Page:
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Yellow Dog

Any homemade wind anchor ideas?

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What's your favorite homemade method to keep you from becoming a kite flying across the ice?

This happened to me last year. I got tangled in the tarp and I ended up going for a serious ride. No good.

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What I do is set my house up with the back to the wind and drill two extra holes about 2-3 feet apart not quite through the ice drop a 2x6 and a couple short 2x4s to take up the slop and slide the my portables sled against the posts. The wind will keep the house tight up against the wood.
Then hook your tow rope around the 2x6 in case the wind shifts. When I am done fishing pull the boards and toss them in the sled.

Works well for me !

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I know of people that take a rope and a tree branch, or small peice of 2X4, tie the rope to the wood. Drill a hole outside of the house and stick the wook under neath the ice, then tie the other end of the rope to your shak.

when your done, however, it can be a pain getting the 2X4 or wood out of the ice again. Usually need a spud bar.

klbowe - I like your idea. Which brings to another topic sorta related to this. Which way do people usually face there shak? Back to the wind, front to the wind, side etc???

Klboe

[This message has been edited by korn_fish (edited 12-10-2003).]

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When I'm done punching holes I'll drill a hole halfway through the ice right be hind my portable, then I leave the auger sitting in the hole and tie some rope around the auger to my portable. Not going anywhere.

Or else just tie the gas auger to the portable when you lay it on the ice. That will often times help out too.

Good Fishin,
Matt Johnson

------------------
[email protected]
Catch-N Tackle and Bio Bait
MarCum

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MJ5.....
You might not want to do that, it could lead to a bent auger bit. It's one of the reasons the auger companies suggest laying the auger down on the ice instead of propped up in a halfway augered hole. Even the weight of the powerhead and gravity will bend the auger bit after some time.
I use the ice anchors that screw into the ice, but I also bring a small cordless drill to help with the process.

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Leaving your auger in a 1/2 drilled hole can also result in it becoming frozen in the hole. Water can seep into the hole and freeze solid. I had this happen at Winne about 5 years ago. It took forever to chip it out.

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Animal--I totally agree. You NEVER, under any circumstance want to leave an auger in a half drilled hole. It only leads to problems. Have you ever tried to drill a hole with an auger that has a bent shaft? I have... it sucks.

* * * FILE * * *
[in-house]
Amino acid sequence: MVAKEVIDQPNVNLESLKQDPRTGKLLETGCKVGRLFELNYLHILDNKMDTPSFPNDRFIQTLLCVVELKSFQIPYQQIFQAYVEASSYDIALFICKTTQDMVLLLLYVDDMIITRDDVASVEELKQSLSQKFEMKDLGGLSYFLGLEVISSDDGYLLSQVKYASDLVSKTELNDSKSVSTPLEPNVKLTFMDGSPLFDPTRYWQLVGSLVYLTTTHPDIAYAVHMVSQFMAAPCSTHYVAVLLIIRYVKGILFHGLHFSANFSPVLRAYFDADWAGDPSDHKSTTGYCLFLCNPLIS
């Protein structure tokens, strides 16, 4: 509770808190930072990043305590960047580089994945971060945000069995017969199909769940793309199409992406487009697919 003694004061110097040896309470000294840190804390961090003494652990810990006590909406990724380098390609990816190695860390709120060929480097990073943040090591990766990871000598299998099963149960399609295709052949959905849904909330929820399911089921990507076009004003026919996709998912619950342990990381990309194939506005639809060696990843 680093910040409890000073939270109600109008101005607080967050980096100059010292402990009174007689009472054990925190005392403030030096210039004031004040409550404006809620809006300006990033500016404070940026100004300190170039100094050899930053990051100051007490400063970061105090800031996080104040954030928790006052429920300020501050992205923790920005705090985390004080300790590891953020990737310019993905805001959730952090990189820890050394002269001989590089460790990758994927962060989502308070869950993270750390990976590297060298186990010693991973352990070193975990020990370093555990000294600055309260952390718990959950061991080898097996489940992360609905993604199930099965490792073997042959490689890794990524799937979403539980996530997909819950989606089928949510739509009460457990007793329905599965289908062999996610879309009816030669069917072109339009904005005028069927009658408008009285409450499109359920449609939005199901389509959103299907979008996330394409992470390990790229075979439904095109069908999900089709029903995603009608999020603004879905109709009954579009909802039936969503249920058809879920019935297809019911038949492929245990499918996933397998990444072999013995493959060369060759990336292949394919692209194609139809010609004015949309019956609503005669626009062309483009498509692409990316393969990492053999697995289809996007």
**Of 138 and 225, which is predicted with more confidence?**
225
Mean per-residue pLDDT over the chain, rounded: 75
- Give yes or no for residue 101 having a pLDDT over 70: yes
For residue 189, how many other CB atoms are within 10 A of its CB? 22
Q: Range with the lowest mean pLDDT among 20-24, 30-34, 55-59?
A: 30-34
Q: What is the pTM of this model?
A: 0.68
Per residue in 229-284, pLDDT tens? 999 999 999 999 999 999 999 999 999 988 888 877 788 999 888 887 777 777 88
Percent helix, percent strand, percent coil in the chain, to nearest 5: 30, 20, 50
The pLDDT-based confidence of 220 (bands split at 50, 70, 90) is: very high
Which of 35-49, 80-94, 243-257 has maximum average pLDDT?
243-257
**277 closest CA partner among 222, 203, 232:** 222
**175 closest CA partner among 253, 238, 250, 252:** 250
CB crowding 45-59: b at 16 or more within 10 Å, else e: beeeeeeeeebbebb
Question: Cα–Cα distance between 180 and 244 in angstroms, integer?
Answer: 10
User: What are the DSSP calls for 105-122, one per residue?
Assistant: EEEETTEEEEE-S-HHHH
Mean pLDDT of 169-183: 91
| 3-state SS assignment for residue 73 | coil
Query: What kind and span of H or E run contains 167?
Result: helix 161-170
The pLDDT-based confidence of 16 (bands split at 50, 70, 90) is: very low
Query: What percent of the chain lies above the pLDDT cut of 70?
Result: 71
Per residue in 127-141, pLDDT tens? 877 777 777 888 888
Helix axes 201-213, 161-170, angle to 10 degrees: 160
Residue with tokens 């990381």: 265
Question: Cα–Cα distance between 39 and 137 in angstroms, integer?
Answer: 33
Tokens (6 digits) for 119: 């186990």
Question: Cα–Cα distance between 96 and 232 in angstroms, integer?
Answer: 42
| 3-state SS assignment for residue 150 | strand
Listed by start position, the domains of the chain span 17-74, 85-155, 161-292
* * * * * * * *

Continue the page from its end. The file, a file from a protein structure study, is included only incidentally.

I set up with my back to the wind. It's the easiest way to stay put. If I can, I set my vehicle crossways (blocking the wind) and set my house up on the other side of the vehile--that's what we did at URL last weekend when there were 30-40 mph winds. Didn't have a problem with any house "flying away"

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Thanks !

Using the auger to partially drill holes and drop 2x6's in works well. just cut the boards long enough so they can be removed or kicked loose on cold nights. Make sure you take them with when you leave it would not be good if a snowmobiler it them.

Using the truck as a wind break works good too. when the ice is thick enough to drive.

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I drilled 2 3/4" holes in the bottom of my fish trap guide and put in 3/4" screws 2 inches long with a large flat washer on each side to protect the plastic. I then drilled a 1/2" hole through the screws. When I get on the ice its easy to screw the ice ancor screws through the holes and the the shelter is solid with no shifting as you go in and out like with the rope anchors...GB

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Last year I took two flying lessons, not good. I was in the shack both times. Any way here is what I did. I first used the wood in the whole trick. While that did work, it sucked trying to get the sticks out when they froze. I now use an old window weight tied to a rope and down a hole. When ready to move, a good yank and the weight breaks the ice and out it comes pretty slick. Be sure to use one on two corners or you will sway from side to side. This year I hope we get a little snow cover to prevent flying.

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I bring my cordless drill with. You can drill a small pilot hole (1/4" bit) in the ice in about two seconds. Then, twist a 4" loop-eye lag bolt ($.30 each) into the pilot hole and tie off on it. You can twist them in with your fingers; longer lags you can stick one bolt through the one you are driving and use it to spin the bolt into the ice. It only takes a few seconds and they are solid.

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Thanks guys, never really thought of it that way. I guess I'll have to use the laying down approach when I anchor my house. Normally I just lay my auger on the ice next to my portable in most conditions but when the wind wips through its nice to have something solid to hold on to. I'll keep that in mind.

Good Fishin,
Matt Johnson

------------------
[email protected]
Catch-N Tackle and Bio Bait
MarCum

[This message has been edited by MJ5 (edited 12-10-2003).]

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I've always wanted to try the hollow tubular ice screws they sell at REI for ice climbing. they have a eye for attachment and I guess they screw right in pretty easy.

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Fleet Farm had a Field N Forest Outdoor Journal they publish. It has all sorts of articles about ice fishing and new products.